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Make it Plain, Brother

Robert Thurman, Professor of Indo-Tibetan Studies, Columbia University


"However, as we begin the twenty-first common era century in hopes of not repeating

the violence of the world wars and genocide of the previous ones - it is crucial that we

face up to some important lessons that Lama Govinda tirelessly taught.  Western cult-

ure,based on the religious forms of Christianity and Islam, which, in Lama's words, "lost overpowering the human mind through the dictatorship of a partially world-creating and at the same time world-negating spirit", is still relatively uncivilized, focused on the external conquest of other civilisations, violence, war, imperialism, and a rampant need for material possession and self-aggrandizemnet.  Contrary to its inflated self-image, it is not the most advanced culture the world has yet seen.  Its very developed material technology is, in fact, put to the childish uses of violent destruction and thoughtless consumption.  Its worst problem is its foundational confusion, which leads those of us under its thrall to feel disconnected from nature.  Hence we tend to be not responsible for the consequences of our actions, and distract ourselves from the extreme danger of destroying everything in our path by the irrational promise of either a blissful salvation by an absolutely disconnected omnipotent "God", or else a blissful oblivion.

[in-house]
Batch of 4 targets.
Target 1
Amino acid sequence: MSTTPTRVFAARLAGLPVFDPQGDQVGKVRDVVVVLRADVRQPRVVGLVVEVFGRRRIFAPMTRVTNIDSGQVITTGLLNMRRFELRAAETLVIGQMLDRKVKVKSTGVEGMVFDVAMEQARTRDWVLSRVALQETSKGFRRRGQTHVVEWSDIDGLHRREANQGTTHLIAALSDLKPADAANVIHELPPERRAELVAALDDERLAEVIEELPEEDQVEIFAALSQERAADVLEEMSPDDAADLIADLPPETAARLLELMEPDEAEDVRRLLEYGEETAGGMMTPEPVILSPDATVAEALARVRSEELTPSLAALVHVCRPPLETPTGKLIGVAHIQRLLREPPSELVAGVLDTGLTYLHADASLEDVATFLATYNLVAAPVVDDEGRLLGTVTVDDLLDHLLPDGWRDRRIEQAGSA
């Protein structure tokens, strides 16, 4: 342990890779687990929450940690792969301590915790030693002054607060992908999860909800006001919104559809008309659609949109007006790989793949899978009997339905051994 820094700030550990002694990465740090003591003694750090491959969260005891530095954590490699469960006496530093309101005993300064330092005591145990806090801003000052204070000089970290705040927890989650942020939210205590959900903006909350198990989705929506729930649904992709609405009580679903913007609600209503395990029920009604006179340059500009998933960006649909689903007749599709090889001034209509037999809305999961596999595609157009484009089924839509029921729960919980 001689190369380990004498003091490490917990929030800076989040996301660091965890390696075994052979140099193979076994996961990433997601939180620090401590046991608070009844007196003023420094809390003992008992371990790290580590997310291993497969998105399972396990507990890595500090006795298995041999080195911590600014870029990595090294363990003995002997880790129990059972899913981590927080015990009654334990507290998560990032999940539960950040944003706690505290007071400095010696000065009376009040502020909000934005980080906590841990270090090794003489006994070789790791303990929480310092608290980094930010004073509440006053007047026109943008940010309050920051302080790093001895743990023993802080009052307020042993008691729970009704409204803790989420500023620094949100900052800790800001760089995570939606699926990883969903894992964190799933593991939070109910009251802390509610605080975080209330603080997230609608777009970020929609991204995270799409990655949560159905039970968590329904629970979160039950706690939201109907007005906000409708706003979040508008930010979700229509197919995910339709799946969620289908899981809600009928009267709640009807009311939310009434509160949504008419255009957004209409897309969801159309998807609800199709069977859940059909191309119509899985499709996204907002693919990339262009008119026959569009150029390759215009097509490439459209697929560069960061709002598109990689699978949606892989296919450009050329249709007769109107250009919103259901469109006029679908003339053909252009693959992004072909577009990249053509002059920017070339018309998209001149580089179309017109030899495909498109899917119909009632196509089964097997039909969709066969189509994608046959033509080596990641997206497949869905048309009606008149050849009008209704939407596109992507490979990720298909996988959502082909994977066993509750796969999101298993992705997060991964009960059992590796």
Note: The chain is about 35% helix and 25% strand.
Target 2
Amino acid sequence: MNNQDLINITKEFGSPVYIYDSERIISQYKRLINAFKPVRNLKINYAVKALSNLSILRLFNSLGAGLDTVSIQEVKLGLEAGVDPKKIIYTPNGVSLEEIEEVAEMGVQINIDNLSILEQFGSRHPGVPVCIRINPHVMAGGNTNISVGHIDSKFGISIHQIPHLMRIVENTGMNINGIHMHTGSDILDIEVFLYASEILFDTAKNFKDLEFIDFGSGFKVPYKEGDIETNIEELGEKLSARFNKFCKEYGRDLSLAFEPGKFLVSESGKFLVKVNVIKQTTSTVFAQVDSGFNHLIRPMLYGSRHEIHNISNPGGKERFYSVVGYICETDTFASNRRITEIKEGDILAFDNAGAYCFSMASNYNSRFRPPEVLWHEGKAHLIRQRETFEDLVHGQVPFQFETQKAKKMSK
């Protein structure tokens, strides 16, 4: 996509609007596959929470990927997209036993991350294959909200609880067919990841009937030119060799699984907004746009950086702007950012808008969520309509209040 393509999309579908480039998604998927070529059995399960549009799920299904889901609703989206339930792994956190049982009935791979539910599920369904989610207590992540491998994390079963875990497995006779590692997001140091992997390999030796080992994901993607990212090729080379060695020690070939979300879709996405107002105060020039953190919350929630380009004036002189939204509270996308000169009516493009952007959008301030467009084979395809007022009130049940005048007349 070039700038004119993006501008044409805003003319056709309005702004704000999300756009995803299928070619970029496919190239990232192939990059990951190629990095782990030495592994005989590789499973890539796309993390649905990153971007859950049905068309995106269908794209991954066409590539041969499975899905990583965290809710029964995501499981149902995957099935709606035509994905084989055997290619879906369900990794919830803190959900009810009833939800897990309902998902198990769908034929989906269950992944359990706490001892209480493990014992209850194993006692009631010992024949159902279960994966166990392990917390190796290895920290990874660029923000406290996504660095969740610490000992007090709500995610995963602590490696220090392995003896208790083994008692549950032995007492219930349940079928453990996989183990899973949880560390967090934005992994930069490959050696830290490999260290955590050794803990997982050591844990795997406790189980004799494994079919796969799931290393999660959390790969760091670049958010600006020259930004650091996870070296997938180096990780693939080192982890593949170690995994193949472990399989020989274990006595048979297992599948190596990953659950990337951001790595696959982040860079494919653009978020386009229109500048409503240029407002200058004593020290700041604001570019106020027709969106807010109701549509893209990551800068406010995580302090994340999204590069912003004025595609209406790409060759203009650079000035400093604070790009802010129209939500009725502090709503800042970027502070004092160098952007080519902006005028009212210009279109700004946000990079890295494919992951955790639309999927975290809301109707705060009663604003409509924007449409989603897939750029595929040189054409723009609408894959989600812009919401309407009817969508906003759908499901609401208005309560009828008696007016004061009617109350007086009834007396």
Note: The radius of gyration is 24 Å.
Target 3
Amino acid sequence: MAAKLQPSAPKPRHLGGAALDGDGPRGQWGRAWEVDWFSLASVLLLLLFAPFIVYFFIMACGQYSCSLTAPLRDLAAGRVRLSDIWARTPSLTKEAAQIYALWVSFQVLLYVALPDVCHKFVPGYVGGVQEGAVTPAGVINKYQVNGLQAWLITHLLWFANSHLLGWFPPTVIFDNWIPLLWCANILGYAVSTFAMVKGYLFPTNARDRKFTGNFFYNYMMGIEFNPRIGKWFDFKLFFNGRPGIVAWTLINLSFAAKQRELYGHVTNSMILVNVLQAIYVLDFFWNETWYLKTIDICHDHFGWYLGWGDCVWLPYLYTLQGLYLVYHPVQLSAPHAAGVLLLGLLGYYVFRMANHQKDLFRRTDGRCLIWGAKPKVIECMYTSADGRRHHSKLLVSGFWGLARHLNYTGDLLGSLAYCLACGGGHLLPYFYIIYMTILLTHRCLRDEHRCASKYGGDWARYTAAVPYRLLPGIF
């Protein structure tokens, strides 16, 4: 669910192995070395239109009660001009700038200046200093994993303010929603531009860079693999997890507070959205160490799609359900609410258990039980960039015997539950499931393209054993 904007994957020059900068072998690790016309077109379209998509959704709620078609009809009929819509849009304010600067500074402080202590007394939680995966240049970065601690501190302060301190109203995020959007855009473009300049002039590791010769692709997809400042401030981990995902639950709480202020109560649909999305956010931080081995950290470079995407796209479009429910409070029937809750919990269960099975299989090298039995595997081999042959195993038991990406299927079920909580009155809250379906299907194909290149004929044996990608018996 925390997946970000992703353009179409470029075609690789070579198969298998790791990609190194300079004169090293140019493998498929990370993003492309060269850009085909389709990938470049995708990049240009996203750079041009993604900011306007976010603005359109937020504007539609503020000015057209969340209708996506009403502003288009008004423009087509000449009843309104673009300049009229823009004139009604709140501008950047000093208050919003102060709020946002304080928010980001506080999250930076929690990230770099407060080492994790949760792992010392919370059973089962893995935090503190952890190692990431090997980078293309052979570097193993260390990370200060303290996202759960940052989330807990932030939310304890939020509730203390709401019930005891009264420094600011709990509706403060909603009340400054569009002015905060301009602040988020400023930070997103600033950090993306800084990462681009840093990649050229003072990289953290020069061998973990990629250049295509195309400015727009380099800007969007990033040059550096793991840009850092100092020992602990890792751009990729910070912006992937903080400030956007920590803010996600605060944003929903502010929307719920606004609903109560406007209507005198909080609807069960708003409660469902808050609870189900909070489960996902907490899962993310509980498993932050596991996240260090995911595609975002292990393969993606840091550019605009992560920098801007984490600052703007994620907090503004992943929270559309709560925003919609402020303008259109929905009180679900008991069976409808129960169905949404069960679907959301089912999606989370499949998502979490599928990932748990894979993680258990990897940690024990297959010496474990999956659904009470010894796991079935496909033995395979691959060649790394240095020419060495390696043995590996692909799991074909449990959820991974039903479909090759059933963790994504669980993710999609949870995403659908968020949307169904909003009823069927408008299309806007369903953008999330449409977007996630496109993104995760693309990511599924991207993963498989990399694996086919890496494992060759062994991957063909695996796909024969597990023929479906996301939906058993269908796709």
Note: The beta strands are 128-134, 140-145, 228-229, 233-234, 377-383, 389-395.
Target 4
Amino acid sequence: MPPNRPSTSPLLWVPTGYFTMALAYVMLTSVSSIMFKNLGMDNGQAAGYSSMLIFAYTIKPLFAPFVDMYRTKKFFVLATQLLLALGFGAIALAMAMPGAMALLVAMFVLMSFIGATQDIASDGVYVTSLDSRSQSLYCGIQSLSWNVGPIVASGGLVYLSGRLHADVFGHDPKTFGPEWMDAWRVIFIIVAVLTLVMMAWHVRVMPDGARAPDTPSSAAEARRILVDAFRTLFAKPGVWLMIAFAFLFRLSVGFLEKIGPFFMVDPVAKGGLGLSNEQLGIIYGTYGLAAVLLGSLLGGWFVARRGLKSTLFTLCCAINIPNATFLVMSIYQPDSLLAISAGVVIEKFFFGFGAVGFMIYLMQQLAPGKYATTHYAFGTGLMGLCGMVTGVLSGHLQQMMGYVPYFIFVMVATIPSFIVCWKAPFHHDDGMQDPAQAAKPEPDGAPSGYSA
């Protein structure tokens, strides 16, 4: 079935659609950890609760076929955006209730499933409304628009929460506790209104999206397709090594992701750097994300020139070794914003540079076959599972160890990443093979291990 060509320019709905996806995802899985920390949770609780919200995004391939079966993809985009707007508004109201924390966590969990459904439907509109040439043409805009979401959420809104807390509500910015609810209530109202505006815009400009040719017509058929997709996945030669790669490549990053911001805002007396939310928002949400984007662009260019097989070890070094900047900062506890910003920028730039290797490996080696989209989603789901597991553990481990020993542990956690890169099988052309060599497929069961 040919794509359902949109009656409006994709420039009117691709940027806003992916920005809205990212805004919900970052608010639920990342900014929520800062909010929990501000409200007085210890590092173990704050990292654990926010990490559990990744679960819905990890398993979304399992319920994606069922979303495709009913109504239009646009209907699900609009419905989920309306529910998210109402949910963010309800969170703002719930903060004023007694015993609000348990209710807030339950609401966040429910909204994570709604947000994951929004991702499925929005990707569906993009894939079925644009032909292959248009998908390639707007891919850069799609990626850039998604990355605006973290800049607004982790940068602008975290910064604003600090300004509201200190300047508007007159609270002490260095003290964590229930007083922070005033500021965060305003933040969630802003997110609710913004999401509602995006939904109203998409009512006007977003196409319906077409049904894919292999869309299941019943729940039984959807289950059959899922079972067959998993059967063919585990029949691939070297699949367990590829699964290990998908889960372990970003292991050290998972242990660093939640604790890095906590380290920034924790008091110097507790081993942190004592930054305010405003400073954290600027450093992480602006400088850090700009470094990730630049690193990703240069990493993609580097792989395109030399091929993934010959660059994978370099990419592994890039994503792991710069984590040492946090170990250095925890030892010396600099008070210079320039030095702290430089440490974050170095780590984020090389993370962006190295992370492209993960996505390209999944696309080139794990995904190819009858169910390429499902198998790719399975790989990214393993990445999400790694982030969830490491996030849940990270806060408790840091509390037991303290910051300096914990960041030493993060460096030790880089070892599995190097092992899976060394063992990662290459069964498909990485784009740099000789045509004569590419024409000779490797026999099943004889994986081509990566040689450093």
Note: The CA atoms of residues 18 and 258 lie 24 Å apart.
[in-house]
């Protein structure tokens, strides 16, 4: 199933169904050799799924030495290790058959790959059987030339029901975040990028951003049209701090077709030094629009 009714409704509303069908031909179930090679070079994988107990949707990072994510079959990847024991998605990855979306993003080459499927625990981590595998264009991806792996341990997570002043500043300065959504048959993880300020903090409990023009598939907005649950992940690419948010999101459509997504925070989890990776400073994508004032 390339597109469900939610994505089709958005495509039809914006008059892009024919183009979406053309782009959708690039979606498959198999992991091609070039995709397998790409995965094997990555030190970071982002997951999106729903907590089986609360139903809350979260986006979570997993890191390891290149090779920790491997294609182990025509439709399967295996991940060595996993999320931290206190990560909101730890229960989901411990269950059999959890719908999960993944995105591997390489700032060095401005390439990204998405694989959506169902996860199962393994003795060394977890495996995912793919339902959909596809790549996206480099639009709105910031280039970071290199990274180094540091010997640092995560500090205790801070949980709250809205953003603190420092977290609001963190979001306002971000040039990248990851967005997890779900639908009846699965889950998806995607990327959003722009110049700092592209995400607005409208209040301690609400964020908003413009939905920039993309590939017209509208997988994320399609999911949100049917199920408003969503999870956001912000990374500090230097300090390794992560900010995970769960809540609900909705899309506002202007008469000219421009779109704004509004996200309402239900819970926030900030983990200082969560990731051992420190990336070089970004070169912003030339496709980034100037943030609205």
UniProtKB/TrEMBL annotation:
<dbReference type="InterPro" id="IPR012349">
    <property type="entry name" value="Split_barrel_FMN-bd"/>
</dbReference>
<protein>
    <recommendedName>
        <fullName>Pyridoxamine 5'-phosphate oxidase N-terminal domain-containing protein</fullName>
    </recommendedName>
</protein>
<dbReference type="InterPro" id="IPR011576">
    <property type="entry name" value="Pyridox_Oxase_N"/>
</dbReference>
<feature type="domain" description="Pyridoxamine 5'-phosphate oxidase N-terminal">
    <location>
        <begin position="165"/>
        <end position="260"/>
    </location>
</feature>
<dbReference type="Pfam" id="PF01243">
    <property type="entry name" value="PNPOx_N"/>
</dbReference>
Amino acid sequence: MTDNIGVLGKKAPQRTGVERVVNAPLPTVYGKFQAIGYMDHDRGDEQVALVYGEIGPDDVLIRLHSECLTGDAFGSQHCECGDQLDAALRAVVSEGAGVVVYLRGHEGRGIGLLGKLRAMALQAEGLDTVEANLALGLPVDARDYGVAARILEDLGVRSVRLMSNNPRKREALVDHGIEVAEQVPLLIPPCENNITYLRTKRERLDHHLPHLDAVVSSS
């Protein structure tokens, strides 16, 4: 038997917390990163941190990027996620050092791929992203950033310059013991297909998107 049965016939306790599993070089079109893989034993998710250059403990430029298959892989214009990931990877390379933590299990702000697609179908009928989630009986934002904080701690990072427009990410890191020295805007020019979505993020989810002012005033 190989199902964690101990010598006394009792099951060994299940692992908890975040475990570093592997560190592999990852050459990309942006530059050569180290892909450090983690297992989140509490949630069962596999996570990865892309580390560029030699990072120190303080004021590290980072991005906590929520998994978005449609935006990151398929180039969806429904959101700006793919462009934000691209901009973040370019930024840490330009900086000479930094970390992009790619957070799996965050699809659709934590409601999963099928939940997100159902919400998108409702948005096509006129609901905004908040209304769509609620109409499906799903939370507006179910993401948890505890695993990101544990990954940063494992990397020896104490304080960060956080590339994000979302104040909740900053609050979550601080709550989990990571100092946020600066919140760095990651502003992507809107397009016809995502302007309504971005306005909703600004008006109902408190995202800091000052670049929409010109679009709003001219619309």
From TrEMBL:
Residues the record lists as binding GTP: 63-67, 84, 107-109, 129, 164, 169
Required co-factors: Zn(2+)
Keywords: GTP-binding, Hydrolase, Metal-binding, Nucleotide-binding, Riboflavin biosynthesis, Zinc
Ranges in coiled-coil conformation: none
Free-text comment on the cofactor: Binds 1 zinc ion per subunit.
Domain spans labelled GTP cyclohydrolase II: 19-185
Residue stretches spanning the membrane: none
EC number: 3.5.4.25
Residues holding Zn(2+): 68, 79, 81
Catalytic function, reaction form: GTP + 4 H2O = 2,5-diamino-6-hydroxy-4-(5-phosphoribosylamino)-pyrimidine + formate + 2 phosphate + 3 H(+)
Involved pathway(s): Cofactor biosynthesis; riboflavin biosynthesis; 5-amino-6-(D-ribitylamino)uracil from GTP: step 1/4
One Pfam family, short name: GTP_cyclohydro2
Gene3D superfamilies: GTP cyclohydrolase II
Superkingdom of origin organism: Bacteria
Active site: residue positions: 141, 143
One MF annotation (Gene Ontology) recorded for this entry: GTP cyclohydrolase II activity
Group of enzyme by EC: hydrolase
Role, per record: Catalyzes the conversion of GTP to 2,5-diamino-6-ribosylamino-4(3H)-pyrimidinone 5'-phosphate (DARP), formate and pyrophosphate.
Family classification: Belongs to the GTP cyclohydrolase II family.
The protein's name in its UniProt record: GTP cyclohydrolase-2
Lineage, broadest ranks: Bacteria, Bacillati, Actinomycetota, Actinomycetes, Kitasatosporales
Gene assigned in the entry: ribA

Hence our barbarous culture - I do not call it a "civilisation"- poses the ultimate threat to planetary life, to all the human beings of other more ancient and better balanced cul

tures, all other life forms, and the eco-system itself.  We are deploying the five horse-

men of our imminent man-made apocalypse: population explosion, epidemic disease, unliveable pollution, resource depletion, and wars of mass destruction.  The urgent need, therefore, is for us bearers of this imbalanced, disconnection culture to rediscover our interconnection with the rest of life, our infinite responsibility to ourselves and all other living beings, the extreme negative danger of our continuing on the path of destruction and consumption, and the positive potential for us to find a reliable happiness within our own souls, to conquer our own inner negtive habits, and to cultivate our infinite capacity for love and joy."


        from his introduction to "The Way of the White Cloud"  Lama Anagarika Govinda

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